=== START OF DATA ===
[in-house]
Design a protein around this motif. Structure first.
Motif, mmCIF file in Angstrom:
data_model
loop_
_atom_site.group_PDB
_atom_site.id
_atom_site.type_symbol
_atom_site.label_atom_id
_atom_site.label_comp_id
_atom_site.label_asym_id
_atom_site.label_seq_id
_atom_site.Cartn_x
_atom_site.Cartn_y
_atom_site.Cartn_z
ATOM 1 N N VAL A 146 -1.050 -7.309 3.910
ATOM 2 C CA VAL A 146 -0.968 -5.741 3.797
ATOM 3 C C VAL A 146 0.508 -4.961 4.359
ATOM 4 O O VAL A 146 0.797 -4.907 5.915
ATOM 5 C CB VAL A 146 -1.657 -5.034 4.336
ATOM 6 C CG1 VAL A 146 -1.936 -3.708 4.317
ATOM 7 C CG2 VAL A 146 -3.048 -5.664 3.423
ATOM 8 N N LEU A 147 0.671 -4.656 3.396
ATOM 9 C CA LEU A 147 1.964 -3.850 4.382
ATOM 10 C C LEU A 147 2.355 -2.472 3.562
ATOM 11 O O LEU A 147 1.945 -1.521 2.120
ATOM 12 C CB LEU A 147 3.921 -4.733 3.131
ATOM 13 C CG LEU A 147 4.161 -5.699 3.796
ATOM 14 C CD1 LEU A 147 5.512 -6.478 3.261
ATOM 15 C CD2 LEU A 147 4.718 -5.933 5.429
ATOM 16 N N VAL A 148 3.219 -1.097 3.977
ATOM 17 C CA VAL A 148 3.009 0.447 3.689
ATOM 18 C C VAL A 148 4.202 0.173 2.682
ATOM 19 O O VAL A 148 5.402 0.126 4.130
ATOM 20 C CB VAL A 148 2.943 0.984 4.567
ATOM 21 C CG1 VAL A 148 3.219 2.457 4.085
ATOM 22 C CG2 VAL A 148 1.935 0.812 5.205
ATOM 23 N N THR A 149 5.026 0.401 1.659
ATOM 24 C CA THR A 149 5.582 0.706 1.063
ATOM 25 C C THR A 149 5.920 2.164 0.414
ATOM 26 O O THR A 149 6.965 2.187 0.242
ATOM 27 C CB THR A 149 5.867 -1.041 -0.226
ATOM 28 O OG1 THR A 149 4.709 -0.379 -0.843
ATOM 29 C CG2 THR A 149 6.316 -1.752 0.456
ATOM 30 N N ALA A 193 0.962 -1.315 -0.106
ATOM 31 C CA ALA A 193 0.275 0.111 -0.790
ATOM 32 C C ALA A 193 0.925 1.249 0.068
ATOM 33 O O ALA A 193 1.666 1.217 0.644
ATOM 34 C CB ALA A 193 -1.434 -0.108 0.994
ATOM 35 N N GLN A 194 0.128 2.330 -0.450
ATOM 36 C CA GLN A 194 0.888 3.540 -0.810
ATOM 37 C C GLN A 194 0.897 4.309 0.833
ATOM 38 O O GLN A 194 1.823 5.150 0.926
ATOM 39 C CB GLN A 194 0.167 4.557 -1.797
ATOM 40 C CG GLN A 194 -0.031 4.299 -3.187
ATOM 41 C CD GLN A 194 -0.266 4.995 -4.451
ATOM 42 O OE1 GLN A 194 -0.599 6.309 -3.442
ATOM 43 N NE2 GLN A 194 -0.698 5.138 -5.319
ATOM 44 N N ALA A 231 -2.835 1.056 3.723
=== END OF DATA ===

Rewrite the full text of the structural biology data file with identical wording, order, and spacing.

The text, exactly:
[in-house]
Design a protein around this motif. Structure first.
Motif, mmCIF file in Angstrom:
data_model
loop_
_atom_site.group_PDB
_atom_site.id
_atom_site.type_symbol
_atom_site.label_atom_id
_atom_site.label_comp_id
_atom_site.label_asym_id
_atom_site.label_seq_id
_atom_site.Cartn_x
_atom_site.Cartn_y
_atom_site.Cartn_z
ATOM 1 N N VAL A 146 -1.050 -7.309 3.910
ATOM 2 C CA VAL A 146 -0.968 -5.741 3.797
ATOM 3 C C VAL A 146 0.508 -4.961 4.359
ATOM 4 O O VAL A 146 0.797 -4.907 5.915
ATOM 5 C CB VAL A 146 -1.657 -5.034 4.336
ATOM 6 C CG1 VAL A 146 -1.936 -3.708 4.317
ATOM 7 C CG2 VAL A 146 -3.048 -5.664 3.423
ATOM 8 N N LEU A 147 0.671 -4.656 3.396
ATOM 9 C CA LEU A 147 1.964 -3.850 4.382
ATOM 10 C C LEU A 147 2.355 -2.472 3.562
ATOM 11 O O LEU A 147 1.945 -1.521 2.120
ATOM 12 C CB LEU A 147 3.921 -4.733 3.131
ATOM 13 C CG LEU A 147 4.161 -5.699 3.796
ATOM 14 C CD1 LEU A 147 5.512 -6.478 3.261
ATOM 15 C CD2 LEU A 147 4.718 -5.933 5.429
ATOM 16 N N VAL A 148 3.219 -1.097 3.977
ATOM 17 C CA VAL A 148 3.009 0.447 3.689
ATOM 18 C C VAL A 148 4.202 0.173 2.682
ATOM 19 O O VAL A 148 5.402 0.126 4.130
ATOM 20 C CB VAL A 148 2.943 0.984 4.567
ATOM 21 C CG1 VAL A 148 3.219 2.457 4.085
ATOM 22 C CG2 VAL A 148 1.935 0.812 5.205
ATOM 23 N N THR A 149 5.026 0.401 1.659
ATOM 24 C CA THR A 149 5.582 0.706 1.063
ATOM 25 C C THR A 149 5.920 2.164 0.414
ATOM 26 O O THR A 149 6.965 2.187 0.242
ATOM 27 C CB THR A 149 5.867 -1.041 -0.226
ATOM 28 O OG1 THR A 149 4.709 -0.379 -0.843
ATOM 29 C CG2 THR A 149 6.316 -1.752 0.456
ATOM 30 N N ALA A 193 0.962 -1.315 -0.106
ATOM 31 C CA ALA A 193 0.275 0.111 -0.790
ATOM 32 C C ALA A 193 0.925 1.249 0.068
ATOM 33 O O ALA A 193 1.666 1.217 0.644
ATOM 34 C CB ALA A 193 -1.434 -0.108 0.994
ATOM 35 N N GLN A 194 0.128 2.330 -0.450
ATOM 36 C CA GLN A 194 0.888 3.540 -0.810
ATOM 37 C C GLN A 194 0.897 4.309 0.833
ATOM 38 O O GLN A 194 1.823 5.150 0.926
ATOM 39 C CB GLN A 194 0.167 4.557 -1.797
ATOM 40 C CG GLN A 194 -0.031 4.299 -3.187
ATOM 41 C CD GLN A 194 -0.266 4.995 -4.451
ATOM 42 O OE1 GLN A 194 -0.599 6.309 -3.442
ATOM 43 N NE2 GLN A 194 -0.698 5.138 -5.319
ATOM 44 N N ALA A 231 -2.835 1.056 3.723